There are rumors that Apple Inc. (NASDAQ:AAPL) will release two versions of its iPhone 6, one in the fall that will have a 4.7 inch screen and one in the spring that will have a 5.5 inch screen, essentially a "phablet" iPhone. But even if there are two versions of the iPhone 6, it does not mean that one of them will be cheap.
If the expected smaller iPhone model coming this fall is the more expensive version of the iPhone 6, it would suggest the version coming in a matter of weeks will feature a screen made of Sapphire Glass, which is produced by GT Advanced Technologies Inc. (NASDAQ:GTAT). It would also suggest that the phablet iPhone expected next spring will be equipped with Gorilla Glass, which is manufactured by Corning Inc. (NYSE:GLW) and is already used with the iPhone 5s.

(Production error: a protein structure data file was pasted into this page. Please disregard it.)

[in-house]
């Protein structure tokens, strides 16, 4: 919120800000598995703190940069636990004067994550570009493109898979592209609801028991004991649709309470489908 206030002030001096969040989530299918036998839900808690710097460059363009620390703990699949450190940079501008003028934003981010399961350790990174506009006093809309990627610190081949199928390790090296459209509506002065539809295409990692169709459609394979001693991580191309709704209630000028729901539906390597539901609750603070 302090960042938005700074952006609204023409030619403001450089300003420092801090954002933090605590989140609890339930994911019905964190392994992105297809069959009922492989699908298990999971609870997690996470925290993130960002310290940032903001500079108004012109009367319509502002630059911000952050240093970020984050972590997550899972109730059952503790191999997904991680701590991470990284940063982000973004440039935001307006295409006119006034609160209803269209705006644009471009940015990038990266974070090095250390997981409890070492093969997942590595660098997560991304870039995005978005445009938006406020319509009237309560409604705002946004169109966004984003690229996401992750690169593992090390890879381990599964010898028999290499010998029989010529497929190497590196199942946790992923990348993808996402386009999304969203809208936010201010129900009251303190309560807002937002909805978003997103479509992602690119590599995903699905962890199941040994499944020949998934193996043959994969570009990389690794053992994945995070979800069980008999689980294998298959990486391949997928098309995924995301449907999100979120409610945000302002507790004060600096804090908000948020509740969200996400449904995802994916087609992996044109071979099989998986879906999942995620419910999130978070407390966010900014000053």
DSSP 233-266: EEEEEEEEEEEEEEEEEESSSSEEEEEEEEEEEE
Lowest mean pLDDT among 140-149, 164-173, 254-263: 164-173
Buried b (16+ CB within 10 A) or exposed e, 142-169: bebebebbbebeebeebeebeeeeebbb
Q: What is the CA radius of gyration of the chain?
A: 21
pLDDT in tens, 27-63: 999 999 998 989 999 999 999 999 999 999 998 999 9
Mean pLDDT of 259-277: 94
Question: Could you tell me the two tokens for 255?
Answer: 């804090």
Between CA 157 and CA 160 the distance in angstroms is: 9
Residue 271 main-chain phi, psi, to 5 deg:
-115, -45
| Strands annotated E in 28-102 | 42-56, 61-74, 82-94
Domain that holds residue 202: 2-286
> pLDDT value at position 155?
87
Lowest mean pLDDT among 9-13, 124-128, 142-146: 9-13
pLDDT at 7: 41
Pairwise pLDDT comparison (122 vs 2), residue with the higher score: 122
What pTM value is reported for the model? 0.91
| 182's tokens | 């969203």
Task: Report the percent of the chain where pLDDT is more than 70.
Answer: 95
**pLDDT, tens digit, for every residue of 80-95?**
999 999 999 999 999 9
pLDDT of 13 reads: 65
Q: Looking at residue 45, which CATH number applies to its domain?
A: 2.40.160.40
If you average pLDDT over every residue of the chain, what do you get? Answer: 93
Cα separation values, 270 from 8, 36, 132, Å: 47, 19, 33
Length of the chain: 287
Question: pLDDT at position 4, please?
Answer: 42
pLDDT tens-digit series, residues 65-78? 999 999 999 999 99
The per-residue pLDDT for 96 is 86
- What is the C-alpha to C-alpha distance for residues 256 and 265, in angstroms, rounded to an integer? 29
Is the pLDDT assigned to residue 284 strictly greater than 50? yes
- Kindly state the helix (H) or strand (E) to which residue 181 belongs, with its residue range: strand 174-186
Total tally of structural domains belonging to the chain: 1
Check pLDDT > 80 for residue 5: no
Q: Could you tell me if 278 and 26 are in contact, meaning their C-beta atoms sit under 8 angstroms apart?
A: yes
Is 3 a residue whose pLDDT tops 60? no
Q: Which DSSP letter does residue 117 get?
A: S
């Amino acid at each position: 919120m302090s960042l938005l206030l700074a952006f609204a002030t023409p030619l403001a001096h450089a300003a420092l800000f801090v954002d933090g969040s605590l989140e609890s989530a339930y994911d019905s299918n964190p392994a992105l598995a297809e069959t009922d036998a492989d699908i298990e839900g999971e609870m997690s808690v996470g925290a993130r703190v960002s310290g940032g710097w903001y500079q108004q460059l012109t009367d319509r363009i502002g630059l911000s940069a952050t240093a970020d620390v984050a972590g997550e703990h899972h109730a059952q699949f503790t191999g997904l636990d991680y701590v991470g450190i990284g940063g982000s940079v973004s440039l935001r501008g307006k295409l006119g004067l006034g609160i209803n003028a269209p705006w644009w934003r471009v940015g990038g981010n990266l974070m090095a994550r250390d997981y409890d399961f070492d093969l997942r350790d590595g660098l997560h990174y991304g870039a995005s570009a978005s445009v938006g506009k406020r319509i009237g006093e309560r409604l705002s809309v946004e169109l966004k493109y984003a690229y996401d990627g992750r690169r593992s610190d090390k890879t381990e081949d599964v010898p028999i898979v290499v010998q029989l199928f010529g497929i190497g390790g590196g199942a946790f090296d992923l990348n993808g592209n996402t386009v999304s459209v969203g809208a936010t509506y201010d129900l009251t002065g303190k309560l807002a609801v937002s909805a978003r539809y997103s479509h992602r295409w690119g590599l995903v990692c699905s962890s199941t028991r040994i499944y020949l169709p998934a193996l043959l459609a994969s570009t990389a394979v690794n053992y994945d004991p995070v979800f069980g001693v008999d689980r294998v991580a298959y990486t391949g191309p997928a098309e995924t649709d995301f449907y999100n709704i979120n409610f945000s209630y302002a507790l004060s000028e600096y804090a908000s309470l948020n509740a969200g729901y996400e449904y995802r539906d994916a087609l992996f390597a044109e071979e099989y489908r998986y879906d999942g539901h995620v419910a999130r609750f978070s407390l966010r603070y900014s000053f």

Sapphire Glass is extremely durable but significantly more costly than the current industry standard, Gorilla Glass, suggesting a higher pricing point for a phone with a Sapphire Glass display.
The iPhone 5C, which is a relatively low-end product, failed to impress the Chinese market and was largely a failure in the United States. Currently, the older, costlier iPhone 5 outsells the newer, cheaper iPhone 5c by more than a factor of seven to one in China. The message here is clear: There is no room for cheap iPhones in the telecom market. As a result, Apple could be expected to modify its strategy and produce two iPhone models at slightly different price points. After all, Apple offers high-end computers and high-end tablets but also has less expensive offerings. It only makes sense that the Cupertino, California, company follow the same business model for its smartphone offerings.
Meanwhile, production delays could push back the planned Sept. 9 release date of the iPhone 6, Reuters said Monday. Apple unexpectedly had to revert to a two-layered backlit display from the original plan of having one layer, something the company did to create the thinnest iPhone possible.